"Godology" is a discipline now?

OldMan:  
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I'd add to that "science can make predictions". Can you provide a prediction that we can test Davey?
Yes. Speaking of predictions, should I be surprised that Davey has made a reappearance here, completely ignoring my specific  challenges w/r/t thylacine wolves and mouse/rat vs. human/chimp gene similarities?

I think not.

Date: 2006/10/09 04:39:32, Link
Author: Russell
Hmmm.
Still no predictions.
Imagine that.

Date: 2006/10/09 05:13:29, Link
Author: Russell
See, this whole confusion on Dave's part about what is science and what is not is intimately tied to this very reluctance inability to come up with predictions.

Predictions are inferences, drawn with logic from data.

I predict that Halley's comet will return in 2062. Has anyone proved this in a lab? No. It's an inference from collected observations, applying logic.

I predict that no one will ever produce a perpetual motion machine. Now, you can't very well prove a negative like that in the laboratory. My prediction is based on the enormous body of data and logical analysis collectively known as thermodynamics.

I predict that no rabbit fossils will ever be found in Pre-cambrian rocks - based on the enormous body of data and logical analysis collectively known as the theory of evolution.

None of this should be confused with "metaphysics". When Davism can offer any consistent, testable predictions, perhaps it should be considered for inclusion in science class.

Till then, this ridiculous conflation of religion ("it's all just metaphysics. Dawkins is given more credence than Ken Ham only because of the atheistic bias of the powers that be") is plausible only to the terminally brainwashed &/or ineducable.

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Why is it that YOUR non-verifiable things can be discussed, but MINE cannot be?  
Because ours make predictions, and yours don't. Why don't you prove me wrong?

Date: 2006/10/09 07:12:57, Link
Author: Russell
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Science journalists--which is a fair label for someone like me, considering my work at Kids4Truth--don't make scientific predictions.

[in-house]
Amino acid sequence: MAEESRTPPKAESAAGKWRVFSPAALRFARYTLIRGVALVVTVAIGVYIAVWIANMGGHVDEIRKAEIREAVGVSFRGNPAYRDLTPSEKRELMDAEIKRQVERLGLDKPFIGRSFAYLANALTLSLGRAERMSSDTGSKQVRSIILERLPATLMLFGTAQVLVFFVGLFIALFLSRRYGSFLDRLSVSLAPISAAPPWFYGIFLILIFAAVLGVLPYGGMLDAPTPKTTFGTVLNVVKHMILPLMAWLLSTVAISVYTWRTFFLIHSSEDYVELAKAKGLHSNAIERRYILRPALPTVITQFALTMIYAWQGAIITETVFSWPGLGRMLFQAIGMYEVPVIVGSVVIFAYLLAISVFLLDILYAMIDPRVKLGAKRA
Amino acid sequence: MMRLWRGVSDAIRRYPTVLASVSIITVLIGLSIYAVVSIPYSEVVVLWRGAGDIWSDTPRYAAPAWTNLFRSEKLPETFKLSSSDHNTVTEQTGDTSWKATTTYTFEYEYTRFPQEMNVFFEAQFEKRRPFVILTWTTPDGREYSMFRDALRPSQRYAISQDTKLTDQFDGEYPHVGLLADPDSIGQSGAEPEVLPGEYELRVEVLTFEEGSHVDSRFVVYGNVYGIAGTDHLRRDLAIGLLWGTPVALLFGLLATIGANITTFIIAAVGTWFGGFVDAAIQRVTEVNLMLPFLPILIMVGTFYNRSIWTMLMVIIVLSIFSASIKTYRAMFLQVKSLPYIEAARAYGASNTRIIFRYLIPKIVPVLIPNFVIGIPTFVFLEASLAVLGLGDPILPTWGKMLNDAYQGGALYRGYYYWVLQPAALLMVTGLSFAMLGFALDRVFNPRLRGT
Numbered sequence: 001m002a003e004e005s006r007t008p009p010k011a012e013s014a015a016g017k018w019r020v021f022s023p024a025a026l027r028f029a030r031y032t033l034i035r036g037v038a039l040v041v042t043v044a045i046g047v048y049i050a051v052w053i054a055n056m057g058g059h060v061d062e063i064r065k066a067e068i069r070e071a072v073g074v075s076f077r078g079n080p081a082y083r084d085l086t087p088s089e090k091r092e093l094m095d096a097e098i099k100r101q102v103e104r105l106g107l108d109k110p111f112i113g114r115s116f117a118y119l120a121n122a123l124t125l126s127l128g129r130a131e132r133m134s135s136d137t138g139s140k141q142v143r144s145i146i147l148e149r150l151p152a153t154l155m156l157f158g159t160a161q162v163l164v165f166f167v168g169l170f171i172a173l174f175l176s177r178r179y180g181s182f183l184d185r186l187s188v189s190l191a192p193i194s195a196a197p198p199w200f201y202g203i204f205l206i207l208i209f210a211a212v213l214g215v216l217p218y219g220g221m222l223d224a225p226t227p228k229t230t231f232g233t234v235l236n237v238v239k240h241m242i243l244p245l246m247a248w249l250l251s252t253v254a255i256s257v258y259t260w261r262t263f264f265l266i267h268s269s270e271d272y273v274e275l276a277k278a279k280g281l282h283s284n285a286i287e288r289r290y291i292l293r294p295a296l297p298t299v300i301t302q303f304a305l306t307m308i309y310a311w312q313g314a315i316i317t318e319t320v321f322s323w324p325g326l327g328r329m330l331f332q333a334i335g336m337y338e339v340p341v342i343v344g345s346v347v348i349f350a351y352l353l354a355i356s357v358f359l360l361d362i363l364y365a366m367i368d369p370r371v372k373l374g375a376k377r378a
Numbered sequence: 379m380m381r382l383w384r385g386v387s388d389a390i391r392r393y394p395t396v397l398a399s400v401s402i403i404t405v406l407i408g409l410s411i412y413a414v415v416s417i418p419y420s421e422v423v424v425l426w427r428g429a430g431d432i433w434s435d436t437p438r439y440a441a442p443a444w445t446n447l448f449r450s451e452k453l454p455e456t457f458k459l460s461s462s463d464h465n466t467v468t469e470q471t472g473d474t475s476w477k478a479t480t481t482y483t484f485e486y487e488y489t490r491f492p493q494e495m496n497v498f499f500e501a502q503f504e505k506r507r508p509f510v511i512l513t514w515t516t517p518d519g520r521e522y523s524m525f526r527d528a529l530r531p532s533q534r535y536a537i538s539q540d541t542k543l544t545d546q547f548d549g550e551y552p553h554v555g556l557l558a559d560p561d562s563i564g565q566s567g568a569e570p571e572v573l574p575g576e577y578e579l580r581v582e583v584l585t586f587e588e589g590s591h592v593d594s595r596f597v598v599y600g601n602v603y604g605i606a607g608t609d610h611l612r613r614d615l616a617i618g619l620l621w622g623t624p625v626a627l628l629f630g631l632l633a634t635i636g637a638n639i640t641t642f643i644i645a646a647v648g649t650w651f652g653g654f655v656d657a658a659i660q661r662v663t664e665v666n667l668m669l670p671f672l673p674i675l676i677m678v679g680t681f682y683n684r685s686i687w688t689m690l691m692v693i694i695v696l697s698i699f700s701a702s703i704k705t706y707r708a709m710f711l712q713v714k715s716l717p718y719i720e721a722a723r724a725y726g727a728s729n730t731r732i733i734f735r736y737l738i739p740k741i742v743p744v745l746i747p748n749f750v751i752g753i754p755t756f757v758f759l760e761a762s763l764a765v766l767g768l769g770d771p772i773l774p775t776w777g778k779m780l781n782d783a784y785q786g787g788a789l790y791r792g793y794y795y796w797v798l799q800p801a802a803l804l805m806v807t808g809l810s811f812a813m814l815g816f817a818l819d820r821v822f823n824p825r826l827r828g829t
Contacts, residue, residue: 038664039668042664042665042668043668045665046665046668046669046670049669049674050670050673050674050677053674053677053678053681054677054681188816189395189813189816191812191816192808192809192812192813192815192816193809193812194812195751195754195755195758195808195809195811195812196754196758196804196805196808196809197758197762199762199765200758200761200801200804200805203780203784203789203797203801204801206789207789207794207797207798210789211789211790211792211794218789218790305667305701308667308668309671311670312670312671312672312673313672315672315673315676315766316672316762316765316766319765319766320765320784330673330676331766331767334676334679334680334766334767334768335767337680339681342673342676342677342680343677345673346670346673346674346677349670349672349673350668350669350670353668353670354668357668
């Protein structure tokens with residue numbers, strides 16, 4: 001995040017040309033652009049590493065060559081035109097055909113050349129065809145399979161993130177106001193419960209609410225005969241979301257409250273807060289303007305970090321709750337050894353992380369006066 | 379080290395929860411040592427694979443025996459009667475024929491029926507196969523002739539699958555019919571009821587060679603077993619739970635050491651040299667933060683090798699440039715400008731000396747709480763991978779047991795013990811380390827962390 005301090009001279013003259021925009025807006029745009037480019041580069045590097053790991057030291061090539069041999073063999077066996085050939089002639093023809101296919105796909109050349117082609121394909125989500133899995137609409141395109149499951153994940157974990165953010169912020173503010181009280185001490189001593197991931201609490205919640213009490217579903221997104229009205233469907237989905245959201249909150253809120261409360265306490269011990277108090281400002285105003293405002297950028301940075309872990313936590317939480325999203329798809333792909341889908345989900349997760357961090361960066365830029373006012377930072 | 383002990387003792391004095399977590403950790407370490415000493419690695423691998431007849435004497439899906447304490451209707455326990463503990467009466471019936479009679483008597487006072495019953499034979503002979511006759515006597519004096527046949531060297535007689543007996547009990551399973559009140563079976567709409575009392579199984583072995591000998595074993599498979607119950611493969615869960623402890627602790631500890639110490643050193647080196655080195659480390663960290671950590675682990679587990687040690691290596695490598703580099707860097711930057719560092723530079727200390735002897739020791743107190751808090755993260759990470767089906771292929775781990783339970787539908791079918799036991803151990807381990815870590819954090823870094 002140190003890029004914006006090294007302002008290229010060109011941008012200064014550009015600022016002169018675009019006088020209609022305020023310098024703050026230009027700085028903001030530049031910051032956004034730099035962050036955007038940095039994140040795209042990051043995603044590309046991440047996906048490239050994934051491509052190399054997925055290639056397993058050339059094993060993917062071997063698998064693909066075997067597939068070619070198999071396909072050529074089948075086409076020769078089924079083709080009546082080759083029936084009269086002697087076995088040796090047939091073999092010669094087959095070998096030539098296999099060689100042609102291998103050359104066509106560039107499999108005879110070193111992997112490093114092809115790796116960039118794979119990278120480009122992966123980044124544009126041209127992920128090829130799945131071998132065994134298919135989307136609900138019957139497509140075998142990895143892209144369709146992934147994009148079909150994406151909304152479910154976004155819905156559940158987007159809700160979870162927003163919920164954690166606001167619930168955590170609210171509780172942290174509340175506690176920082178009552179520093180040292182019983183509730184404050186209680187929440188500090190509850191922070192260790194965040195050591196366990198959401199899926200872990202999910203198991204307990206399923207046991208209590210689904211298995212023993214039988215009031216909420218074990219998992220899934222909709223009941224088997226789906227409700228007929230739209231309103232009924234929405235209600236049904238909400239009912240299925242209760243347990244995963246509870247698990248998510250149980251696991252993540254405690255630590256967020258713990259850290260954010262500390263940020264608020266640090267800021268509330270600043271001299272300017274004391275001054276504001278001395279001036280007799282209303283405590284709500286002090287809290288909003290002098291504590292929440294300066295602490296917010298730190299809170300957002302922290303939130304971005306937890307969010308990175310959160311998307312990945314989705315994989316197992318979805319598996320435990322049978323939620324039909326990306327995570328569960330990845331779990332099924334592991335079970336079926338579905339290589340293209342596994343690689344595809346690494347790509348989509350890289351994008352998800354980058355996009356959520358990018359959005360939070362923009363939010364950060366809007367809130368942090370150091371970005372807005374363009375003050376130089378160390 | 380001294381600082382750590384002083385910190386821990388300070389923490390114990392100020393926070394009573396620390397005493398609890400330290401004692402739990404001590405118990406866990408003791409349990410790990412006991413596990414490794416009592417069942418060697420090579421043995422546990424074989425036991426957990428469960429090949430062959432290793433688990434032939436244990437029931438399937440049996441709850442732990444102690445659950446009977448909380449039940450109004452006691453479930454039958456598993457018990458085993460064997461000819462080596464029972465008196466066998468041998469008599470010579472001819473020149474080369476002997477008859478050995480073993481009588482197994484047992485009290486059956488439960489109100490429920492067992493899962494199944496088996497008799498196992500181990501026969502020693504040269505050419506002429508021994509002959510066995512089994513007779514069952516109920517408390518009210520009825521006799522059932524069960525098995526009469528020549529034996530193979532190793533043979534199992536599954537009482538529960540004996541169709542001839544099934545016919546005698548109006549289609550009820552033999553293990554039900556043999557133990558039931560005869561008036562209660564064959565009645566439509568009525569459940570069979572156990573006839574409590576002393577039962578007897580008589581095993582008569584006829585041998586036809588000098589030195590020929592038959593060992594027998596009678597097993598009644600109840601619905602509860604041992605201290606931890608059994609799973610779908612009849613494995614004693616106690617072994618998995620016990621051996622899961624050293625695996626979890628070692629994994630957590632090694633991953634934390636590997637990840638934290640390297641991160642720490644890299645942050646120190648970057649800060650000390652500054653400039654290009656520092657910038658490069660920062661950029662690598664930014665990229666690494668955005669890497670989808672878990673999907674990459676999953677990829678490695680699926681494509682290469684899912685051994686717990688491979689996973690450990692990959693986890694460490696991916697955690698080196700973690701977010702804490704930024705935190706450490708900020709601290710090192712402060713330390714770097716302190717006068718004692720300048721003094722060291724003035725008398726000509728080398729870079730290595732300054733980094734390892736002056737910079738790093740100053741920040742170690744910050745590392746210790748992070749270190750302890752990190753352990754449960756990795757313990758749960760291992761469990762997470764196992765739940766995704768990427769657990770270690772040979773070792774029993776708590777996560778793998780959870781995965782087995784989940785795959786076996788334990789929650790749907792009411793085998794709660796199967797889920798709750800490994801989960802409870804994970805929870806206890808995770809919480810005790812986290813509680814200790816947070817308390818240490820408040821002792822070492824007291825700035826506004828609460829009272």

[guffaw]
Actual "science journalists", like scientists themselves, have to subject their work to peer review: editors, educated readers, people who can assess their summaries and explanations and pass on their merit. Who can vouch for the merit of your work, Dave?

I don't need to be a scientist to make the kinds of predictions I challenged you to (thylacine wolves, mouse/rat vs. human/chimp sequence similarities). If I were a high-school science teacher, I would flunk any high school science student if he/she refused to even take a stab at it.  

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And when a crime has been committed, an investigator gets involved.  From my perspective, a crime has been committed.  What is the crime?  Large scale lying to kids in the name of Darwin.  So an even better description of someone like me might be "Investigative Science Reporter."
And yet, you have thus far (1) failed to identify a single "lie" told in the name of Darwin and (2) you have ignored the many lies we've documented for your benefit told by AIG in the name of Jesus.

Exhibit A: chromosome fusions. Did you ever follow up on what you yourself finally acknowledged was just plain wrong, but AIG continues to peddle as The Truth? Did you get them to correct or at least acknowledge their error? Are you concerned at all that your precious Kids will be not only misinformed, but misinformed, intentionally, in the name of Jesus?